With so much going on around him, eight-year-old Nevan Coburn really wasn’t in the mood to chat with a reporter Wednesday afternoon at Vancouver International Airport — until his dad mentioned hockey.
That’s when Nevan finally gave up a smile while talking about his hero, former Vancouver Canuck hockey player Ryan Kesler.
Dad Derek Coburn said Kesler, who now plays with the Anaheim Ducks, has not only hosted the family at games in California, but also always makes a fuss over Nevan.
So it was no surprise to anyone that when Nevan was able to choose a wish through the Children’s Wish Foundation, the entire family attended the 2016 NHL All Star Game in Nashville where the young hockey fan met some of the players.
But, on this afternoon, Nevan and his little brother Hayden didn’t have hockey on their mind. Instead, they joined 100 other children, their parents, caregivers and siblings, on a 90-minute flight to the “North Pole” to find Santa.
This is the 13th year Air Transat has partnered with the Children’s Wish Foundation to grant the wishes of children living with chronic and life-threatening illnesses to fly in a plane in search of the Jolly Old Elf.
Nevan was diagnosed with a sacroccygeal germ cell tumour as a toddler, a cancer found primarily in infants and newborns. Nevan’s mom Deborah Coburn fought back tears as she offered her son’s prognosis.
“He’s cancer free,” she said, smiling.
Prior to the flight, the children, their families and caregivers gathered at the Air Transat check-in counter at YVR for a party that would make any child happy. Amplified Christmas carols helped set the scene, which included stations set up for everything from face painting, colouring and story time to cookies and milk, photographs and a magician. Transat flight attendants, who volunteered their day to help host the kids and their families on the Santa-themed adventure, added to the festive feeling with their Christmas-themed hats and flashing-light necklaces. Besides YVR, similar events took place in Montréal, Toronto and Paris.
Jennifer Petersen, the provincial director of the Children’s Wish Foundation B.C. and Yukon chapter, said the goal of the day is to bring joy to the children.
“Some of our families have never been on a plane, so we are going to get on a plane, we are going to sing Christmas carols and we are going to find Santa,” said Peterson.
And that’s exactly what happened at about 3 p.m. As everyone boarded the plane, some leaving their wheelchairs behind for the duration of flight, the excitement was palpable. Once on board with seatbelts on, Transat flight attendants asked passengers to stomp their feet, clap their hands and cheer as loud as they could to help the pilot get the plane off the ground. That request was met with a very enthusiastic, very loud and very happy response.
Once in the air, flight attendants told bad Christmas jokes, sang carols and handed out snacks as the children watched the animated Christmas movie Shrek the Halls. About 15 minutes into the flight, the pilot announced a Santa sighting and, not long after, the big guy himself appeared magically from the front of the plane.
As the children waited patiently — some literally squirming in their seats — Santa made his way down one aisle of the plane and up the other, handing out candy canes and stuffed toys. Santa took time with each child to shake their hands and speak with their parents.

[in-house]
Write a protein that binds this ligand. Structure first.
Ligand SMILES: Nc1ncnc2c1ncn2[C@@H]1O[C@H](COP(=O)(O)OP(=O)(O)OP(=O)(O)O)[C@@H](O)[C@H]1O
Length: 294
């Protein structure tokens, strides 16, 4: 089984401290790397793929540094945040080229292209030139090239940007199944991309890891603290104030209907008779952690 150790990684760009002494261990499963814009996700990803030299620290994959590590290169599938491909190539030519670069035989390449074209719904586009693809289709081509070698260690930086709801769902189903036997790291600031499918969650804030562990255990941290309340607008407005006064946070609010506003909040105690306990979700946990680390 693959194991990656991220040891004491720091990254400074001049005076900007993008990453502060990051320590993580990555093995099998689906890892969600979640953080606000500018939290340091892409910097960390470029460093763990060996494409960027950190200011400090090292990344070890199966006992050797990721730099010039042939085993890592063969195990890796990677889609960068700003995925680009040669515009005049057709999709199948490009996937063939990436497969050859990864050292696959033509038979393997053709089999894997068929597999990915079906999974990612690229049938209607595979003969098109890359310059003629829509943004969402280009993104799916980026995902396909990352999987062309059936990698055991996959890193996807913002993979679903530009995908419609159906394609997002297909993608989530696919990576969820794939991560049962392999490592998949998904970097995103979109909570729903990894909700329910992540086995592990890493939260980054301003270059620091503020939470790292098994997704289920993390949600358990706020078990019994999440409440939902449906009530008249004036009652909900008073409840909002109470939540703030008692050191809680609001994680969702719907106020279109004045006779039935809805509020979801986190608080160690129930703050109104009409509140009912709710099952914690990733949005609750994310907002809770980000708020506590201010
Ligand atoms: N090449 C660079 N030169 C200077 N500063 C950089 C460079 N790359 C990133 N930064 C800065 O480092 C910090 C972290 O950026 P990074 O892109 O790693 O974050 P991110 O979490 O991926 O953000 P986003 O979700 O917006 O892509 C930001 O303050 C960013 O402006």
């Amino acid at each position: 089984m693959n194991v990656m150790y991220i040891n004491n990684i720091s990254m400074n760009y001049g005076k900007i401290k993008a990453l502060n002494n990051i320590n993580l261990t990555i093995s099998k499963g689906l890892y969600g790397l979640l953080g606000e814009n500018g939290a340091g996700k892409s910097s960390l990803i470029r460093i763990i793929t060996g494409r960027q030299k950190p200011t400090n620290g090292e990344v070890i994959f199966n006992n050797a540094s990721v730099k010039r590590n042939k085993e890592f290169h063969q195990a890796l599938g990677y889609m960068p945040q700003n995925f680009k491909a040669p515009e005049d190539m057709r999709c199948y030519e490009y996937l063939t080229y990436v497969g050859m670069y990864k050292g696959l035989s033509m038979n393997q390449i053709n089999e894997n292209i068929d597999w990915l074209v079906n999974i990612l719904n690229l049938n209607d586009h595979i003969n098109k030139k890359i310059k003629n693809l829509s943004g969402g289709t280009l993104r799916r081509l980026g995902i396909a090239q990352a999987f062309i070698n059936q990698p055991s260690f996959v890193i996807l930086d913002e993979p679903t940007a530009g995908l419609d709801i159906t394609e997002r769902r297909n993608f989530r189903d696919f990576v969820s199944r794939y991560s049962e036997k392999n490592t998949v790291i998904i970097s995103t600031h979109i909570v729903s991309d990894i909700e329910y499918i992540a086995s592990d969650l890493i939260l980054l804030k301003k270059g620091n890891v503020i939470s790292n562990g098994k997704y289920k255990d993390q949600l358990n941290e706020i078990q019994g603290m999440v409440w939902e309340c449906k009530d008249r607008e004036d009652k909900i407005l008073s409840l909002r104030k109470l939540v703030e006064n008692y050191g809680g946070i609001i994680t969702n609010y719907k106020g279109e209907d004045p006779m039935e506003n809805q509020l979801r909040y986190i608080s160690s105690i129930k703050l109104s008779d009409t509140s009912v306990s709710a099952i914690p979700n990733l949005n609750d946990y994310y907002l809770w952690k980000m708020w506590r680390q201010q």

Prior to the flight, Air Transat president Jean-Francois Lemay said the Flights in Search of Santa provide sick children, their families and caregivers, an opportunity to leave the hospital, doctors’ appointments and chronic care behind for at least one day.
“For Air Transat, this event has become a real tradition just before the holiday season,” said Lemay. “The Santa flight holds a special place in our employees’ hearts...”
Lemay also helped present a cheque to the Children's Wish Foundation from Air Transat for $116,000, which was raised from the carrier’s Small Change, Big Hearts program and other initiatives.
Through the small change program, Air Transat passengers are asked to donate any spare change they have at the end of a flight, no matter what the currency. Since 2004, Air Transat has donated more than $5.1 million to the foundation.
“When a child is diagnosed with a life-threatening illness, the life of the entire family is affected,” said Chris Kotsopoulos, chief executive officer of Children's Wish Foundation.
“Today, we’re not just providing respite from hospital visits, we’re creating wonderful memories and holiday magic to cherish, that are unique to our wish families.”
Children’s Wish Foundation wishes
To qualify children must be:
Between the ages of three and 17
A legal Canadian resident and diagnosed with an illness deemed life threatening, including some serious genetic and neurological diagnoses.
How it works:
Popular wishes include travel, celebrity meetings or obtaining an item special to a child
Anyone can refer a child
There are no waiting lists
Each family is assigned their own wish coordinator
The foundation works with medical teams to support Wish children and their families as they decided which wish will bring the most joy
Upon approval, children have five years or until their 18th birthday to use their wish
In emergency situations, wishes can be fulfilled in a matter of days
Immediate family members are typically invited along for wishes involving travel
For more information, to read stories about children and their wishes, or to donate, visit childrenswish.ca.